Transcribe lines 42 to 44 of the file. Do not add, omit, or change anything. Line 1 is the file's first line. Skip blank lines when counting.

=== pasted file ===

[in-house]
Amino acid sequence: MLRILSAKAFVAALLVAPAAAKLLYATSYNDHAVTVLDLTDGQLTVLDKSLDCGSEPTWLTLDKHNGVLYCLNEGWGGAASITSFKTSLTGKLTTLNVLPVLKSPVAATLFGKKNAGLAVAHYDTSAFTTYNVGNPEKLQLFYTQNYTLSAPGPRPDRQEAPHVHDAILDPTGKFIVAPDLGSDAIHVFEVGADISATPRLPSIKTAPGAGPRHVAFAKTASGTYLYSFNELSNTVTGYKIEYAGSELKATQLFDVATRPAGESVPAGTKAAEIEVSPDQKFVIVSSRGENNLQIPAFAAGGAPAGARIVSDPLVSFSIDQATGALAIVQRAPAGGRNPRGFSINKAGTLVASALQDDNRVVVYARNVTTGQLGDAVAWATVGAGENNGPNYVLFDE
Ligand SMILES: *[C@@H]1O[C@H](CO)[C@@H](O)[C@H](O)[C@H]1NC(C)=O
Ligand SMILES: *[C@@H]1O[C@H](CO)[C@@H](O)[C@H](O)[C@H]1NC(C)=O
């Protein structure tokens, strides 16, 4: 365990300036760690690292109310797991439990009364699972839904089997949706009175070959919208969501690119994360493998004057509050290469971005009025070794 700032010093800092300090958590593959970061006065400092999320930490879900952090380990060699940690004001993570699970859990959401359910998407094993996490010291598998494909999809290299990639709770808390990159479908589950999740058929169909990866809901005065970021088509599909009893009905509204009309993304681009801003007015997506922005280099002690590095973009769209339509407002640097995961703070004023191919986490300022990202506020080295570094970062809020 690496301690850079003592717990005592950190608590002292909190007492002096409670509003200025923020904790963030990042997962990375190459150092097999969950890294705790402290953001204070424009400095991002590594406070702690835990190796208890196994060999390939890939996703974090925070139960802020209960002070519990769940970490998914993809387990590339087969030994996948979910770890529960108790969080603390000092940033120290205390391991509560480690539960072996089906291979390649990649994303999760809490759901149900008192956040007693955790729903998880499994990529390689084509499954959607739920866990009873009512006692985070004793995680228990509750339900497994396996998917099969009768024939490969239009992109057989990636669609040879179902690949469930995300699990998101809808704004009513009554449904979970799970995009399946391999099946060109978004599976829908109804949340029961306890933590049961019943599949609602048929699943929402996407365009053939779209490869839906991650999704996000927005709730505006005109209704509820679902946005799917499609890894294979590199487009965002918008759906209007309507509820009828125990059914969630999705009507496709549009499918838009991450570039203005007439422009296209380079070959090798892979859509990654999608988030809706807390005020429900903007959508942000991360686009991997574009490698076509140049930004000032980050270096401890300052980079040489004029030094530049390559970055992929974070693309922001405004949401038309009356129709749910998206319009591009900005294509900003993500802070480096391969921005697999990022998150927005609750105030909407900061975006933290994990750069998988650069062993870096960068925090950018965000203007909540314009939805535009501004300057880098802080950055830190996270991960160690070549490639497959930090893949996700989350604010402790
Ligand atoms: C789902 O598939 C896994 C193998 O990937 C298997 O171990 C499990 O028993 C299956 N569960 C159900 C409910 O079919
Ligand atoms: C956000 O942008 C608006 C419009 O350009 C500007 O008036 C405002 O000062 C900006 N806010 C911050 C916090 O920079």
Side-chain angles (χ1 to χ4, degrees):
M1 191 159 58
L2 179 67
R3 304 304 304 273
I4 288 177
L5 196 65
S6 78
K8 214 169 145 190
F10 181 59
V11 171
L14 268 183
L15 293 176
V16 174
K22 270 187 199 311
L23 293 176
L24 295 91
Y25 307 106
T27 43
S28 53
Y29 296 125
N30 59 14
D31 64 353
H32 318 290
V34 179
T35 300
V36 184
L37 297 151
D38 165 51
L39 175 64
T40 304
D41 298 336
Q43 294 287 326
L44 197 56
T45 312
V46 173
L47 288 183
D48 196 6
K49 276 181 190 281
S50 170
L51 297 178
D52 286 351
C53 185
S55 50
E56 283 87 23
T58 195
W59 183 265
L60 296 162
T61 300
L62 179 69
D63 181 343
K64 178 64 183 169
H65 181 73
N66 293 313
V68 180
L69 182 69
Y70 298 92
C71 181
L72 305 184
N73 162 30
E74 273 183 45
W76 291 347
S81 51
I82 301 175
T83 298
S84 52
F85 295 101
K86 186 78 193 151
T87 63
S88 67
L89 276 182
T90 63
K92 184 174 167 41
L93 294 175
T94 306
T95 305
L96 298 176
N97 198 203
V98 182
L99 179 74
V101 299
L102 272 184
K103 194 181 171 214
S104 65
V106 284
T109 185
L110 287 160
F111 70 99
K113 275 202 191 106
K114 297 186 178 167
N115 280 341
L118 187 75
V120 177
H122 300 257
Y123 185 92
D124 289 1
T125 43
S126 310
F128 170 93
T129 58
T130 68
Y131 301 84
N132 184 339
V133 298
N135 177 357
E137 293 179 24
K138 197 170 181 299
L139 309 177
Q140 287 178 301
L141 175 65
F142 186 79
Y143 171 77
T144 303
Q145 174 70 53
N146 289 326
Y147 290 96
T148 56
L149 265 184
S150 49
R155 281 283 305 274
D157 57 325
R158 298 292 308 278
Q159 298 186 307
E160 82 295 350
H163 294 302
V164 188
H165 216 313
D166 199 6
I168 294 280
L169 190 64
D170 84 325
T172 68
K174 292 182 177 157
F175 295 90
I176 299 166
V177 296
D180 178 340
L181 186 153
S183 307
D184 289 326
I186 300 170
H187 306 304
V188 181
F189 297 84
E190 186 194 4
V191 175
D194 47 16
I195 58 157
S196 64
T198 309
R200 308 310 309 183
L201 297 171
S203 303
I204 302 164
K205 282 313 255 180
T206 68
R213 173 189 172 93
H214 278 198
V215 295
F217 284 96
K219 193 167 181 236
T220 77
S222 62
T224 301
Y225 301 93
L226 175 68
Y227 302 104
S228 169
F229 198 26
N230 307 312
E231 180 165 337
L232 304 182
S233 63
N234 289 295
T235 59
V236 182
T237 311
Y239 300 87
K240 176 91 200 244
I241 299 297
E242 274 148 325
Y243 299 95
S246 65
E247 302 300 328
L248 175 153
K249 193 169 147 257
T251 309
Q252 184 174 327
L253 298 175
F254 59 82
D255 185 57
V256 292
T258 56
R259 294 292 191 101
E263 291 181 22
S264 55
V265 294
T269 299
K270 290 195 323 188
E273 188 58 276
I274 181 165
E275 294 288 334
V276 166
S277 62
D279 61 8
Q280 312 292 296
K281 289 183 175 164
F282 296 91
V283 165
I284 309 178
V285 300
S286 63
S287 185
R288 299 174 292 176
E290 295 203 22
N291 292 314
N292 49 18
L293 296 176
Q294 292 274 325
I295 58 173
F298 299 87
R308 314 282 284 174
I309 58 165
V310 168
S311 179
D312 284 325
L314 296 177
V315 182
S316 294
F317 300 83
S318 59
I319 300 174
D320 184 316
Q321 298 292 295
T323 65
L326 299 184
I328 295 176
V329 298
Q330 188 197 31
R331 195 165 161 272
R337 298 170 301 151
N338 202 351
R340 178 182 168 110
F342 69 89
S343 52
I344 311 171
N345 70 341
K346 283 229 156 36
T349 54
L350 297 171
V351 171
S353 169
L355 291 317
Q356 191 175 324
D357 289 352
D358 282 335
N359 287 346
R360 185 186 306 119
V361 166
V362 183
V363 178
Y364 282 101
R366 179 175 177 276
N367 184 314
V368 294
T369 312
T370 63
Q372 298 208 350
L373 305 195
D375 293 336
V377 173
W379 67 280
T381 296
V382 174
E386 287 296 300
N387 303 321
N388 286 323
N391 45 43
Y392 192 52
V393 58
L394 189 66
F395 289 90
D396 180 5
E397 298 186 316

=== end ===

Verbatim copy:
V46 173
L47 288 183
D48 196 6